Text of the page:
On Labor Day, workers' groups lament 'discriminatory, inadequate' minimum wage

Jaehwa Bernardo, ABS-CBN News

Posted at May 01 2022 01:03 PM | Updated as of May 01 2022 04:52 PM

Labor groups and supporters collectively dubbed
Labor groups and supporters collectively dubbed "Workers for Leni" march toward Araneta Coliseum in Quezon City on Labor Day, May 1, 2022, as a tribute to workers in the country. Mark Demayo, ABS-CBN News

MANILA (UPDATE) — The prevailing minimum wages in the Philippines are not enough to provide Filipino families with decent meals and are discriminatory, labor groups said Sunday as the country marked Labor Day.

In an interview with ABS-CBN's TeleRadyo, the Federation of Free Workers said it supported proposals for the implementation of a P750 national minimum wage, describing the current system — where the base pay varies per region — as discriminatory.

"'Yong pong panukalang batas na magdadagdag ng minimum wage, gagawing P750 [sa buong Pilipinas] suportado po namin 'yan," said FFW Vice President for Media Affairs Julius Cainglet.

The FFW is backing the presidential candidacy of Vice President Leni Robredo, whom Cainglet said acknowledges the inequity of the differing minimum wages per region.

"Ang malinaw, may pagkilala siya na may diskriminasyon sa mga sahod kasi, halimbawa, karpintero ka sa Maynila at karpintero ka sa Tarlac. Dahil taga-Maynila ka, makakakuha ka ng P600 pero dahil taga-Tarlac ka, mas maliit," Cainglet said.

(What's clear is she recognizes that there's discrimination in salaries. For instance, you are a carpenter in Manila and Tarlac. Because you're from Manila, you'll get P600 for your service but because you are from Tarlac, you'll get a smaller amount.)

The current daily minimum wage in Metro Manila is P537.

"Parehong trabaho ang ginawa natin sa parehong oras na ginugol... Yet, just because of where we live... mag-iiba ang sahod," said Cainglet, adding that the scheme should be "corrected" and "made equal."

(We did the same job for the same period of time... Yet just because of where we live... we will have different salaries.)

Since March, labor groups have been filing petitions to hike the minimum wages in the country amid the increase in prices of basic goods.

The FFW has filed petitions in various wage boards for hikes ranging from P75 to P100, said Cainglet.

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On Sunday, FFW and other labor groups supporting Robredo — such as NAGKAISA Labor Coalition and Sentro — are set to hold a rally in Quezon City to commemorate Labor Day.

The Associated Labor Unions (ALU) is also calling on the government to increase the minimum wages, which it said are below the poverty threshold.

Eva Arcos, ALU's national vice president for education and information, said it has been around 2 to 4 years since the regions saw minimum wage hikes.

"Between 2 to 4 years na walang galaw ang minimum wages pero 'yong presyo ng bilihin at serbisyo, naggalawan na," she said in a separate interview.

(We have not adjusted minimum wages for between 2 to 4 years but the prices of goods and services have moved.)

With the current minimum wages, a family of 5 can only spend between P11 to P20 per meal, according Arcos.

"I-increase naman natin 'yong minimum wages kasi ang allocation lang, anong klaseng pagkain ang mabibili ng P11 o hanggang P20?" she said.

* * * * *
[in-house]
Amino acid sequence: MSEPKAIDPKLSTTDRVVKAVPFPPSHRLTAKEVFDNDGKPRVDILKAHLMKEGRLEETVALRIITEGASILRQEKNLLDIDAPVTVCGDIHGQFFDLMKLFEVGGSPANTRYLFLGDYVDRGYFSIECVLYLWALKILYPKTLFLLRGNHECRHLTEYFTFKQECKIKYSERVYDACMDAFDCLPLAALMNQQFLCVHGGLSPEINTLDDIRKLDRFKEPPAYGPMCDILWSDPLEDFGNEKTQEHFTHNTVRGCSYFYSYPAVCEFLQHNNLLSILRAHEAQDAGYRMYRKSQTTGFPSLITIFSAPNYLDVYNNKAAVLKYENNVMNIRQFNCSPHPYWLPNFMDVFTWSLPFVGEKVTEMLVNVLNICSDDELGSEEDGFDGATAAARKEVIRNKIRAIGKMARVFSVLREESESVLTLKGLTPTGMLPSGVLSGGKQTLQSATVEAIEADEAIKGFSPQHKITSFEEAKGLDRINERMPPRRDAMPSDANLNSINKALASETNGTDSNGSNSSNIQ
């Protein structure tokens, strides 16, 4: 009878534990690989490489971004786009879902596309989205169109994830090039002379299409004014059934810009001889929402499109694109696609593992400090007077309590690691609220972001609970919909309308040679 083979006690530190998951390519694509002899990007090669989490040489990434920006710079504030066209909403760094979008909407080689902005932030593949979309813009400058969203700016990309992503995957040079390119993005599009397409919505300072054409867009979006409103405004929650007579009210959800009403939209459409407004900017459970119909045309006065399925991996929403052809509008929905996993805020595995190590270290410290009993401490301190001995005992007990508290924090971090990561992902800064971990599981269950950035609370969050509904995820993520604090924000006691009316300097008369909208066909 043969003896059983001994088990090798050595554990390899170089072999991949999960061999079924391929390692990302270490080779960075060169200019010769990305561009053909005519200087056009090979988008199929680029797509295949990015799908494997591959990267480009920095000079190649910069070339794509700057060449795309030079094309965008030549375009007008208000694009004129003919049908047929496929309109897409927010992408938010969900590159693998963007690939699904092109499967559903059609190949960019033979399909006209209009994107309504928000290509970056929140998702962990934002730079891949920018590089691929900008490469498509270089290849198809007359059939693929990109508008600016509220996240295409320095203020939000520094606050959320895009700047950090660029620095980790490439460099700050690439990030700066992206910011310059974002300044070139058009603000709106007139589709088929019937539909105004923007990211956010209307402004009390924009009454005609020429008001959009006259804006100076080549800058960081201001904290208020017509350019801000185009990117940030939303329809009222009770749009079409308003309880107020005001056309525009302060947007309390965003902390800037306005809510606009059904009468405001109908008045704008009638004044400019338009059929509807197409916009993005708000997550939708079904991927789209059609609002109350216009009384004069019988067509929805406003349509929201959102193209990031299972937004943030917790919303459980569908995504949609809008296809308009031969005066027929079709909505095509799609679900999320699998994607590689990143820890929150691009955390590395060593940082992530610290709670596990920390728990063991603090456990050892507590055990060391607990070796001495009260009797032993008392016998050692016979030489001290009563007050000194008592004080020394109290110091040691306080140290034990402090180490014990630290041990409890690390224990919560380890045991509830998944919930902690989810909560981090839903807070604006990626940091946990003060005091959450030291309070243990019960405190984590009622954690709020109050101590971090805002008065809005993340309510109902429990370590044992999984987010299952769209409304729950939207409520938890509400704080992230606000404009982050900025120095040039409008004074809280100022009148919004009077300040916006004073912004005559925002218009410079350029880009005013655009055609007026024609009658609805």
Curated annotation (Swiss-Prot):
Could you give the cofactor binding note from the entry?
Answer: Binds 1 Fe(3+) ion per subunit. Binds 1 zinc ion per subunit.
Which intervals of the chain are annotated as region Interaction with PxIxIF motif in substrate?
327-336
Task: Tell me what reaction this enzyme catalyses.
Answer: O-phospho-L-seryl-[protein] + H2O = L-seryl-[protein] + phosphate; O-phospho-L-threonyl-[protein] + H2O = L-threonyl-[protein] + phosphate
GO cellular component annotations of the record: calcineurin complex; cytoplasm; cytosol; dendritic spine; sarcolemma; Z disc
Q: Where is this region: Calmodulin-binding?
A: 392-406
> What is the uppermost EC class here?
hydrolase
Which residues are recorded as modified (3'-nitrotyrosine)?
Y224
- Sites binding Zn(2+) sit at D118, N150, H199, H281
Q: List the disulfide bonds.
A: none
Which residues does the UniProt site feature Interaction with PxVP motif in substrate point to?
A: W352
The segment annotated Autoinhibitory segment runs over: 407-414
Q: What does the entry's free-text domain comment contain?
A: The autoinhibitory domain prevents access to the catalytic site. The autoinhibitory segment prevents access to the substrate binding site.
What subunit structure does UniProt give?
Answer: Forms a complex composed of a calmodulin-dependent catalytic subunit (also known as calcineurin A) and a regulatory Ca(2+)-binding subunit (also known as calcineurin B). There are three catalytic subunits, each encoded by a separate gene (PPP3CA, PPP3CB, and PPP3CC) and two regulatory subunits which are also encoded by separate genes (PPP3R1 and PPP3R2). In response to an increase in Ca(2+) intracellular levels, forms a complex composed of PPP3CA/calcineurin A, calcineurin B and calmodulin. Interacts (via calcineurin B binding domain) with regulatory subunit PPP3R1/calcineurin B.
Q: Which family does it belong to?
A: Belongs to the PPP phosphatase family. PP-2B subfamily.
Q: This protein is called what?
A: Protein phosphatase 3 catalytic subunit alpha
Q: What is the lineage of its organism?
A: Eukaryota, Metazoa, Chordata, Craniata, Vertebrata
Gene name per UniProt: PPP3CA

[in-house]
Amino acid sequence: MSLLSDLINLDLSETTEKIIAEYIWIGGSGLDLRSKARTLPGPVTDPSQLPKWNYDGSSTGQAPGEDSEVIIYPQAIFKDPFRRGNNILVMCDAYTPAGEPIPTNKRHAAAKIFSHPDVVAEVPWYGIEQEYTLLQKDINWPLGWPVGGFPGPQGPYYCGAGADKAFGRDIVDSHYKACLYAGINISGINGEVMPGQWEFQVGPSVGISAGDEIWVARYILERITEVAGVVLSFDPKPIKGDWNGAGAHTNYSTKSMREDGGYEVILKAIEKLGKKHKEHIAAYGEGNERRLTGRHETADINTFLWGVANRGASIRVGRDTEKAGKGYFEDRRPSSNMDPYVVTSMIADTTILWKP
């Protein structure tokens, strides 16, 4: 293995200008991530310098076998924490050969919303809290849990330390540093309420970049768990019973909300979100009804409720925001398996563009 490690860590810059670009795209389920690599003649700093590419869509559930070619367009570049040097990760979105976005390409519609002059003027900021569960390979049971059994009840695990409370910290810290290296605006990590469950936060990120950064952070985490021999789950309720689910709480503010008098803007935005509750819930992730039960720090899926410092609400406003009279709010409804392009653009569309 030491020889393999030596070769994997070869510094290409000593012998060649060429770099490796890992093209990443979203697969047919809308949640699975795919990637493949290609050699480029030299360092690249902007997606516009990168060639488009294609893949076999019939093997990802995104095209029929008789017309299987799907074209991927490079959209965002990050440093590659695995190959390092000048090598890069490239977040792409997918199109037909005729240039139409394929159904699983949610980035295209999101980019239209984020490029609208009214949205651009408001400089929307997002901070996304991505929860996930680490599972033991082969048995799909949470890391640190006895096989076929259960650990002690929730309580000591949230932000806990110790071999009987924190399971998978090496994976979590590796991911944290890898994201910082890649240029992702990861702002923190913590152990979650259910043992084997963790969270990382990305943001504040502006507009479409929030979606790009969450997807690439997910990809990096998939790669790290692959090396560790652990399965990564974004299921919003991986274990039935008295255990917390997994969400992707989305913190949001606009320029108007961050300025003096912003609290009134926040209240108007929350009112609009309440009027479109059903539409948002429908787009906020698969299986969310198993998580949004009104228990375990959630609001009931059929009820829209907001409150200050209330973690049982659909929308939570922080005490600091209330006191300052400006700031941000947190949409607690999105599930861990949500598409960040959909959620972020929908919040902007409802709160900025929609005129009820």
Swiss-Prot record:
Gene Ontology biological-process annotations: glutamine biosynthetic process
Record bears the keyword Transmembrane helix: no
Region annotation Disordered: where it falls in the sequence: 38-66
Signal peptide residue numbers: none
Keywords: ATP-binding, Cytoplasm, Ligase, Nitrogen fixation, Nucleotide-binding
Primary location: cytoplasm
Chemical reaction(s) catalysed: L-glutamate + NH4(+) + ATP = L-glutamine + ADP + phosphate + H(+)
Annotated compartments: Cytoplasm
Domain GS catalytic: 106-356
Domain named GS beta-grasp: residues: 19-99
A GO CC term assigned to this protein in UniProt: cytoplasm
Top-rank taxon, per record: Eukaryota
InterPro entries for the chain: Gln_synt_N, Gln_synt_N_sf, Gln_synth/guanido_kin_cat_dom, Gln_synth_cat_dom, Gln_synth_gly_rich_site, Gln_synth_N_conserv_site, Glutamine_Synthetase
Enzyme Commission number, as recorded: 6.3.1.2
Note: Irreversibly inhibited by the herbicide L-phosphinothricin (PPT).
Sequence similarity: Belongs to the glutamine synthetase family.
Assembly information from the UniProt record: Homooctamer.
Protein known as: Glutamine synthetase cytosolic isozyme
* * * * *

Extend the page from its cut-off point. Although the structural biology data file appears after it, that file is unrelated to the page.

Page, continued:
(Let's increase the minimum wage because with the current allocation, what kind of food can one buy with just P11 to P20?)

ALU has filed wage hike petition in 10 of the 17 regions in the country, Arcos said. In the National Capital Region, the group asked for a P470 increase.

Sen. Risa Hontiveros also called on regional wage boards to speed up the process of reviewing hike petitions.

"What’s taking so long? Ano mang delay sa paglalabas ng desisyon ukol sa minimum wage ay pwedeng magdulot ng kagutuman o kawalan ng pag-asa sa mga manggagawa na makaahon pa sila sa patong-patong na bayarin," Hontiveros, who is gunning for reelection, said in a statement.

(What's taking so long? The delay in releasing the decision on minimum wages can cause hunger and loss of hope for our workers that they can still pay their mounting dues.)

Hontiveros also urged the labor department to strictly enforce the minimum wage mandates, citing official statistics showing 1 in 4 workers received wages that were below the regional minimums.

Senate Labor Committee Chairman Joel Villanueva said the government should adjust its policies to cater to an emerging "post-pandemic Filipino workforce."

"We are seeing the rise of health and well-being as a priority in the Filipino workplace because of the pandemic," Villanueva, who is also running for another Senate term, said.

"It has reached a level where employees will resign or change jobs if employers do not meet employees’ expectations of a workplace, which is taking care of employees’ physical and mental health, as well as work-life balance," he said.

Villanueva said the policymakers must now "figure out how to maintain productivity and grow the economy while accommodating the changes in the physical, mental, and emotional needs of the workforce."
Labor leaders killed

FFW's Cainglet also said 43 labor leaders have been killed under the administration of President Rodrigo Duterte, with perpetrators emboldened by killings under the government's drug war.

"Nagkaroon siguro sila ng inspirasyon sa tokhang, ginagamit sa drug war, parang ginamit na rin nila sa mga manggagawa," he said.

(The perpetrators appeared to be inspired by the tokhang in the drug war, they used it also on workers.)

Earlier this year, the International Labor Organization called on the Philippine government to probe allegations of extrajudicial killings and assaults against workers.